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How to Plant a Hydrangea Plant Outdoors

red hydrangea flower image by thea walstra from

Hydrangea (Hydrangea macrophylla) is a medium growing, decidious and round-shaped flowering shrub native to Korea and Japan. It can grow to between 3 to 8 feet tall, depending on the variety. Hydrangeas produce striking globe-shaped, 8- to 10-inch wide flowers that range in color from pink, rose, blue or white, depending on the pH of the soil. Plant hydrangeas well away from other shrubs so they will have ample room to grow.

Plant hydrangea in partial shade in hotter, southern climates and in full sun in cooler, northern climates. Plant the hydrangea where it will receive morning sun and afternoon shade if you aren't sure of your climate conditions.

Turn over a 2-foot wide by 2-foot deep section of the soil in the planting area. Remove any objects, such as rocks, dirt clods, roots or sticks, from the area.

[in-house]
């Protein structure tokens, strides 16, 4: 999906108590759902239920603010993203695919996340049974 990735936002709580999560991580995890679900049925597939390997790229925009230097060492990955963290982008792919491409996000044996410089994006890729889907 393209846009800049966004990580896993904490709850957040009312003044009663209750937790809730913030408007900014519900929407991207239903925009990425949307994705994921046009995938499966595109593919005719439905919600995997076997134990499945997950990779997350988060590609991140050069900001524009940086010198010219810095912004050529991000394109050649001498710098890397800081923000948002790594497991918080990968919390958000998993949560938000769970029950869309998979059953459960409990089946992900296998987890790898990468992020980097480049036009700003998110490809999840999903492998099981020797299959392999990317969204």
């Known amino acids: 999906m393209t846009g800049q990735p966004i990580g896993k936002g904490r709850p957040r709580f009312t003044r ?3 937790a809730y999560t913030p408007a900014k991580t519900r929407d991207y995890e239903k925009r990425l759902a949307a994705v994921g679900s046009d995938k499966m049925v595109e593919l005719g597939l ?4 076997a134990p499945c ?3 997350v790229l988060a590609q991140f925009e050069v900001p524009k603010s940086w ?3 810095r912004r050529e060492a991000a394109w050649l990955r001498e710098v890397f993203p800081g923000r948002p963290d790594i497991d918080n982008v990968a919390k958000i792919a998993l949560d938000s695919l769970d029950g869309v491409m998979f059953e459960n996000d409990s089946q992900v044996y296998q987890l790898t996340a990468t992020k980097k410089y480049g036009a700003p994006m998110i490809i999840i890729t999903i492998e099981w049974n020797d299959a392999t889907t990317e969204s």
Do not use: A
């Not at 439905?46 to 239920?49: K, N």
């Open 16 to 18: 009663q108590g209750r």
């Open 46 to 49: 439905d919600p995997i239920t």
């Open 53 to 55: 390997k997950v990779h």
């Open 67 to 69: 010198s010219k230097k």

Mix into the soil 1 to 1-1/2 cubic feet of pine bark, coarse sand or perlite if the soil is clay-like. Apply 1/2 cubic feet of aged manure or dehydrated compost if the soil is sandy or light. Mix in 1 cubic foot of sphagnum peat moss or leaf mold to improve fertility if the soil drains well.

Dig a planting hole for the hydrangea that is 14 inches wide by 16 inches deep if the hydrangea is planted from a 6-inch wide or 1-gallon pot. Dig a 16-inch wide by 18-inch deep hole for plants from 5-gallon pots.

Cut along the sides of the planting pot, beginning at a drain hole, all the way up to the rim of the container, using a pair of snips. Do this at every drain hole until the plastic can be removed from the hydrangea's growing container.

Wash off approximately 1-inch of soil from all around the root system. Loosen any matter or encircled roots from the root system using your fingers.

Place the hydrangea into the planting hole. Adjust the plant, if necessary, to keep it vertical in the planting hole. Make sure the top of the hydrangea's root system is sitting at the same height, or slightly above (1 to 1-1/2 inches) to the surrounding top soil. Scoop in soil to set the hydrangea in its planting hole.

Pour 3 to 4 gallons of water into the planting hole. Fill the planting hole full with soil as soon as the water has settled.


Plan on planting the hydrangea in early summer through fall.

Water the hydrangea as soon as the soil at a depth of 1 to 2 inches feels dry to the touch. If in doubt, provide moisture when rainfall is less than 1 inch per week.

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